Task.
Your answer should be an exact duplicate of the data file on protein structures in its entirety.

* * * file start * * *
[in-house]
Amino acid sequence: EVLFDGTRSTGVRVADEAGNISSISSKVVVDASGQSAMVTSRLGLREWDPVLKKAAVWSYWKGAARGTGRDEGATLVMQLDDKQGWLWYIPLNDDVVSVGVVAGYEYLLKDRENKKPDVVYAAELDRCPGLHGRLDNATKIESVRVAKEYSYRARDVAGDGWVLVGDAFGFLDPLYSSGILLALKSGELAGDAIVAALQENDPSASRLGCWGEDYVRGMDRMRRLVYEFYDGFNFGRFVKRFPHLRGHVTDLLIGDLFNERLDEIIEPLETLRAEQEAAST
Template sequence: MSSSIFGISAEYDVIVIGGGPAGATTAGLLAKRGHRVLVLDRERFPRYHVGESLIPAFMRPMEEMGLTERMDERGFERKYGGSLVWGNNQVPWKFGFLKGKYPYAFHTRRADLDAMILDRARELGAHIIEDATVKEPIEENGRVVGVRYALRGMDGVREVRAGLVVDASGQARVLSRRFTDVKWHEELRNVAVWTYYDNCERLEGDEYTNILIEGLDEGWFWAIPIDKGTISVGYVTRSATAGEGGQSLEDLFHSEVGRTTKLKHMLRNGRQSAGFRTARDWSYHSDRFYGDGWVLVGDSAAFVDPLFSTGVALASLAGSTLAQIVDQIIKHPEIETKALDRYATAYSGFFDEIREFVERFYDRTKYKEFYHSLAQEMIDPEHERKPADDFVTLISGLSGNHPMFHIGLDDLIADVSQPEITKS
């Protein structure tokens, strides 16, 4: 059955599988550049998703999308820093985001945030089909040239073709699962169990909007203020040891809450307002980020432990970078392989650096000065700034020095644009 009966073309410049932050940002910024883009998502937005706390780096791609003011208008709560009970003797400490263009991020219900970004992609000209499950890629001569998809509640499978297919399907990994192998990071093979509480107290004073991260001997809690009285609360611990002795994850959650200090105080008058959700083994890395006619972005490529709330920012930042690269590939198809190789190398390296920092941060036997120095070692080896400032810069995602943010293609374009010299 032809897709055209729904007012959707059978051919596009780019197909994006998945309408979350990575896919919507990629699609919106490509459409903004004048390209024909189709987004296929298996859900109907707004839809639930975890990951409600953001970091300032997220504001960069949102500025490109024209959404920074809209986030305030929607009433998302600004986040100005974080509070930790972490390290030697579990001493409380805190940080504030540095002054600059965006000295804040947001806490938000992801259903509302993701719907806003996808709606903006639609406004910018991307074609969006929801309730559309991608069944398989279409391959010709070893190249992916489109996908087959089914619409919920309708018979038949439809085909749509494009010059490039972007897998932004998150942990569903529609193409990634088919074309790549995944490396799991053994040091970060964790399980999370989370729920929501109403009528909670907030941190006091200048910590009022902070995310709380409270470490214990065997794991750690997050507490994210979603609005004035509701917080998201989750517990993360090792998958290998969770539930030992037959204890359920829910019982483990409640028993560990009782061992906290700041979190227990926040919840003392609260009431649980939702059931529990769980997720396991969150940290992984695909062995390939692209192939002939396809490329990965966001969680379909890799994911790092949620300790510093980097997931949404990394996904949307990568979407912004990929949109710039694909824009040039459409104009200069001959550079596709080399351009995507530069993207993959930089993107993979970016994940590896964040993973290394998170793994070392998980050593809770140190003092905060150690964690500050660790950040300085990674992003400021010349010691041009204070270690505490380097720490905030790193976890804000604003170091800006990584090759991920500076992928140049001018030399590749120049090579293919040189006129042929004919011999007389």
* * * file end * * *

[in-house]
Amino acid sequence: EVLFDGTRSTGVRVADEAGNISSISSKVVVDASGQSAMVTSRLGLREWDPVLKKAAVWSYWKGAARGTGRDEGATLVMQLDDKQGWLWYIPLNDDVVSVGVVAGYEYLLKDRENKKPDVVYAAELDRCPGLHGRLDNATKIESVRVAKEYSYRARDVAGDGWVLVGDAFGFLDPLYSSGILLALKSGELAGDAIVAALQENDPSASRLGCWGEDYVRGMDRMRRLVYEFYDGFNFGRFVKRFPHLRGHVTDLLIGDLFNERLDEIIEPLETLRAEQEAAST
Template sequence: MSSSIFGISAEYDVIVIGGGPAGATTAGLLAKRGHRVLVLDRERFPRYHVGESLIPAFMRPMEEMGLTERMDERGFERKYGGSLVWGNNQVPWKFGFLKGKYPYAFHTRRADLDAMILDRARELGAHIIEDATVKEPIEENGRVVGVRYALRGMDGVREVRAGLVVDASGQARVLSRRFTDVKWHEELRNVAVWTYYDNCERLEGDEYTNILIEGLDEGWFWAIPIDKGTISVGYVTRSATAGEGGQSLEDLFHSEVGRTTKLKHMLRNGRQSAGFRTARDWSYHSDRFYGDGWVLVGDSAAFVDPLFSTGVALASLAGSTLAQIVDQIIKHPEIETKALDRYATAYSGFFDEIREFVERFYDRTKYKEFYHSLAQEMIDPEHERKPADDFVTLISGLSGNHPMFHIGLDDLIADVSQPEITKS
């Protein structure tokens, strides 16, 4: 059955599988550049998703999308820093985001945030089909040239073709699962169990909007203020040891809450307002980020432990970078392989650096000065700034020095644009 009966073309410049932050940002910024883009998502937005706390780096791609003011208008709560009970003797400490263009991020219900970004992609000209499950890629001569998809509640499978297919399907990994192998990071093979509480107290004073991260001997809690009285609360611990002795994850959650200090105080008058959700083994890395006619972005490529709330920012930042690269590939198809190789190398390296920092941060036997120095070692080896400032810069995602943010293609374009010299 032809897709055209729904007012959707059978051919596009780019197909994006998945309408979350990575896919919507990629699609919106490509459409903004004048390209024909189709987004296929298996859900109907707004839809639930975890990951409600953001970091300032997220504001960069949102500025490109024209959404920074809209986030305030929607009433998302600004986040100005974080509070930790972490390290030697579990001493409380805190940080504030540095002054600059965006000295804040947001806490938000992801259903509302993701719907806003996808709606903006639609406004910018991307074609969006929801309730559309991608069944398989279409391959010709070893190249992916489109996908087959089914619409919920309708018979038949439809085909749509494009010059490039972007897998932004998150942990569903529609193409990634088919074309790549995944490396799991053994040091970060964790399980999370989370729920929501109403009528909670907030941190006091200048910590009022902070995310709380409270470490214990065997794991750690997050507490994210979603609005004035509701917080998201989750517990993360090792998958290998969770539930030992037959204890359920829910019982483990409640028993560990009782061992906290700041979190227990926040919840003392609260009431649980939702059931529990769980997720396991969150940290992984695909062995390939692209192939002939396809490329990965966001969680379909890799994911790092949620300790510093980097997931949404990394996904949307990568979407912004990929949109710039694909824009040039459409104009200069001959550079596709080399351009995507530069993207993959930089993107993979970016994940590896964040993973290394998170793994070392998980050593809770140190003092905060150690964690500050660790950040300085990674992003400021010349010691041009204070270690505490380097720490905030790193976890804000604003170091800006990584090759991920500076992928140049001018030399590749120049090579293919040189006129042929004919011999007389």